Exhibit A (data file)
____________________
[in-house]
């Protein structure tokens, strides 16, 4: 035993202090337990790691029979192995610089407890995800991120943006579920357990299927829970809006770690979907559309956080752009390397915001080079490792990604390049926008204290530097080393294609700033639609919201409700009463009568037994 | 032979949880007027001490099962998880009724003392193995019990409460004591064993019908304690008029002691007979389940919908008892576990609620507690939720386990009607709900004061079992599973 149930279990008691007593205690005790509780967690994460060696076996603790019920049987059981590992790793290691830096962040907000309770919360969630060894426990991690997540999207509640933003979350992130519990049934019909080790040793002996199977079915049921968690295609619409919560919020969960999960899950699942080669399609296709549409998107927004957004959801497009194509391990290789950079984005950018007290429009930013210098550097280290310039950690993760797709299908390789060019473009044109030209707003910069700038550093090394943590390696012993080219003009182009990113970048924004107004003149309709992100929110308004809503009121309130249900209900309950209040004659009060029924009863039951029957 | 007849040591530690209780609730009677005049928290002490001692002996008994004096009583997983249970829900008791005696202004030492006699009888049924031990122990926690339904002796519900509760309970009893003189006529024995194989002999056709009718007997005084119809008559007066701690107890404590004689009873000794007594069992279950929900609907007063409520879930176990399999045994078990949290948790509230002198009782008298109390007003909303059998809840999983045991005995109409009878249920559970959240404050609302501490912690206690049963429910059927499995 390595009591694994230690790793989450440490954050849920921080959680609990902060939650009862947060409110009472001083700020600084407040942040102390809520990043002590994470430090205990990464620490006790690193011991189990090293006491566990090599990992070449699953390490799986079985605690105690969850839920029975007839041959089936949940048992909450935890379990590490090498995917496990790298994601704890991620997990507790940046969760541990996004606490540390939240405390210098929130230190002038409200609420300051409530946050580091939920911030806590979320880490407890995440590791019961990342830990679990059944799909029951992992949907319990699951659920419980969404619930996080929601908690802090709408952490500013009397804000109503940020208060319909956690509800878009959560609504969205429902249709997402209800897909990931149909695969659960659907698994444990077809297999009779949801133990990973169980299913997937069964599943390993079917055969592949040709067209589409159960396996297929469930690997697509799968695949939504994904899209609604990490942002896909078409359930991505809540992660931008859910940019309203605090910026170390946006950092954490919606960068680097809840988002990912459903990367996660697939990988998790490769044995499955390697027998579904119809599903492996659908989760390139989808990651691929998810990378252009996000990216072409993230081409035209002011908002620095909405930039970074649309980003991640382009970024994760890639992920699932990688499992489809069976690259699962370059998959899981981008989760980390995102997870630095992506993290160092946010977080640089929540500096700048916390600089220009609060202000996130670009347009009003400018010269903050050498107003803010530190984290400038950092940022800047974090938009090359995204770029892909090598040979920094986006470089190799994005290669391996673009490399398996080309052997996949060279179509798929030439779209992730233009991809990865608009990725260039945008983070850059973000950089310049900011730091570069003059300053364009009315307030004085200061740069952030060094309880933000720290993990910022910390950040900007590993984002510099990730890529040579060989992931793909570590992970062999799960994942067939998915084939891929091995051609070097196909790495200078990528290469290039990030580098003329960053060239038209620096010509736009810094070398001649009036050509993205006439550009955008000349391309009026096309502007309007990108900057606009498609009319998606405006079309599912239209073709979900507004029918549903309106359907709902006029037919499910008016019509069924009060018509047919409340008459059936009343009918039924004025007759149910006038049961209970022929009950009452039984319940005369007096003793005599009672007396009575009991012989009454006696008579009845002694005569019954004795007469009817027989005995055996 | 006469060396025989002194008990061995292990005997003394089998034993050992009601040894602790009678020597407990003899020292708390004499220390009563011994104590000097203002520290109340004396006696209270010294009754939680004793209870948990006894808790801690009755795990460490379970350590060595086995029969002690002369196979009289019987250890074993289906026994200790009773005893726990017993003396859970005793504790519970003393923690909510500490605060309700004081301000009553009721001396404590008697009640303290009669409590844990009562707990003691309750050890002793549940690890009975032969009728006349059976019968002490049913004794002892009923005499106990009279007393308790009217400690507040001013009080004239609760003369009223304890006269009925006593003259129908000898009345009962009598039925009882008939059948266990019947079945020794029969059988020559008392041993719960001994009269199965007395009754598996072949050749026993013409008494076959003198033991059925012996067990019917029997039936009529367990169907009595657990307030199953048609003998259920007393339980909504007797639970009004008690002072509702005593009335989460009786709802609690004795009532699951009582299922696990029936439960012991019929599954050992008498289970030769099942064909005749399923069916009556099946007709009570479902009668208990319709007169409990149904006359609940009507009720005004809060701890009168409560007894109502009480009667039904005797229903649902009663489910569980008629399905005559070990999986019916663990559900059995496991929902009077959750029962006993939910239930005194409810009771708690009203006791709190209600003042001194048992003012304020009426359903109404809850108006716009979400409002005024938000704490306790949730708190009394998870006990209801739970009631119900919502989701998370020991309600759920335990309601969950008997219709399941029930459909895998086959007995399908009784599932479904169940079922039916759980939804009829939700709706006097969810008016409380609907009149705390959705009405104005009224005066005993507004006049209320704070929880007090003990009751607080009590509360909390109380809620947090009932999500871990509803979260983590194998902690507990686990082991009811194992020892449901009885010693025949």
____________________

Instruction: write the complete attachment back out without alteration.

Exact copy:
[in-house]
């Protein structure tokens, strides 16, 4: 035993202090337990790691029979192995610089407890995800991120943006579920357990299927829970809006770690979907559309956080752009390397915001080079490792990604390049926008204290530097080393294609700033639609919201409700009463009568037994 | 032979949880007027001490099962998880009724003392193995019990409460004591064993019908304690008029002691007979389940919908008892576990609620507690939720386990009607709900004061079992599973 149930279990008691007593205690005790509780967690994460060696076996603790019920049987059981590992790793290691830096962040907000309770919360969630060894426990991690997540999207509640933003979350992130519990049934019909080790040793002996199977079915049921968690295609619409919560919020969960999960899950699942080669399609296709549409998107927004957004959801497009194509391990290789950079984005950018007290429009930013210098550097280290310039950690993760797709299908390789060019473009044109030209707003910069700038550093090394943590390696012993080219003009182009990113970048924004107004003149309709992100929110308004809503009121309130249900209900309950209040004659009060029924009863039951029957 | 007849040591530690209780609730009677005049928290002490001692002996008994004096009583997983249970829900008791005696202004030492006699009888049924031990122990926690339904002796519900509760309970009893003189006529024995194989002999056709009718007997005084119809008559007066701690107890404590004689009873000794007594069992279950929900609907007063409520879930176990399999045994078990949290948790509230002198009782008298109390007003909303059998809840999983045991005995109409009878249920559970959240404050609302501490912690206690049963429910059927499995 390595009591694994230690790793989450440490954050849920921080959680609990902060939650009862947060409110009472001083700020600084407040942040102390809520990043002590994470430090205990990464620490006790690193011991189990090293006491566990090599990992070449699953390490799986079985605690105690969850839920029975007839041959089936949940048992909450935890379990590490090498995917496990790298994601704890991620997990507790940046969760541990996004606490540390939240405390210098929130230190002038409200609420300051409530946050580091939920911030806590979320880490407890995440590791019961990342830990679990059944799909029951992992949907319990699951659920419980969404619930996080929601908690802090709408952490500013009397804000109503940020208060319909956690509800878009959560609504969205429902249709997402209800897909990931149909695969659960659907698994444990077809297999009779949801133990990973169980299913997937069964599943390993079917055969592949040709067209589409159960396996297929469930690997697509799968695949939504994904899209609604990490942002896909078409359930991505809540992660931008859910940019309203605090910026170390946006950092954490919606960068680097809840988002990912459903990367996660697939990988998790490769044995499955390697027998579904119809599903492996659908989760390139989808990651691929998810990378252009996000990216072409993230081409035209002011908002620095909405930039970074649309980003991640382009970024994760890639992920699932990688499992489809069976690259699962370059998959899981981008989760980390995102997870630095992506993290160092946010977080640089929540500096700048916390600089220009609060202000996130670009347009009003400018010269903050050498107003803010530190984290400038950092940022800047974090938009090359995204770029892909090598040979920094986006470089190799994005290669391996673009490399398996080309052997996949060279179509798929030439779209992730233009991809990865608009990725260039945008983070850059973000950089310049900011730091570069003059300053364009009315307030004085200061740069952030060094309880933000720290993990910022910390950040900007590993984002510099990730890529040579060989992931793909570590992970062999799960994942067939998915084939891929091995051609070097196909790495200078990528290469290039990030580098003329960053060239038209620096010509736009810094070398001649009036050509993205006439550009955008000349391309009026096309502007309007990108900057606009498609009319998606405006079309599912239209073709979900507004029918549903309106359907709902006029037919499910008016019509069924009060018509047919409340008459059936009343009918039924004025007759149910006038049961209970022929009950009452039984319940005369007096003793005599009672007396009575009991012989009454006696008579009845002694005569019954004795007469009817027989005995055996 | 006469060396025989002194008990061995292990005997003394089998034993050992009601040894602790009678020597407990003899020292708390004499220390009563011994104590000097203002520290109340004396006696209270010294009754939680004793209870948990006894808790801690009755795990460490379970350590060595086995029969002690002369196979009289019987250890074993289906026994200790009773005893726990017993003396859970005793504790519970003393923690909510500490605060309700004081301000009553009721001396404590008697009640303290009669409590844990009562707990003691309750050890002793549940690890009975032969009728006349059976019968002490049913004794002892009923005499106990009279007393308790009217400690507040001013009080004239609760003369009223304890006269009925006593003259129908000898009345009962009598039925009882008939059948266990019947079945020794029969059988020559008392041993719960001994009269199965007395009754598996072949050749026993013409008494076959003198033991059925012996067990019917029997039936009529367990169907009595657990307030199953048609003998259920007393339980909504007797639970009004008690002072509702005593009335989460009786709802609690004795009532699951009582299922696990029936439960012991019929599954050992008498289970030769099942064909005749399923069916009556099946007709009570479902009668208990319709007169409990149904006359609940009507009720005004809060701890009168409560007894109502009480009667039904005797229903649902009663489910569980008629399905005559070990999986019916663990559900059995496991929902009077959750029962006993939910239930005194409810009771708690009203006791709190209600003042001194048992003012304020009426359903109404809850108006716009979400409002005024938000704490306790949730708190009394998870006990209801739970009631119900919502989701998370020991309600759920335990309601969950008997219709399941029930459909895998086959007995399908009784599932479904169940079922039916759980939804009829939700709706006097969810008016409380609907009149705390959705009405104005009224005066005993507004006049209320704070929880007090003990009751607080009590509360909390109380809620947090009932999500871990509803979260983590194998902690507990686990082991009811194992020892449901009885010693025949």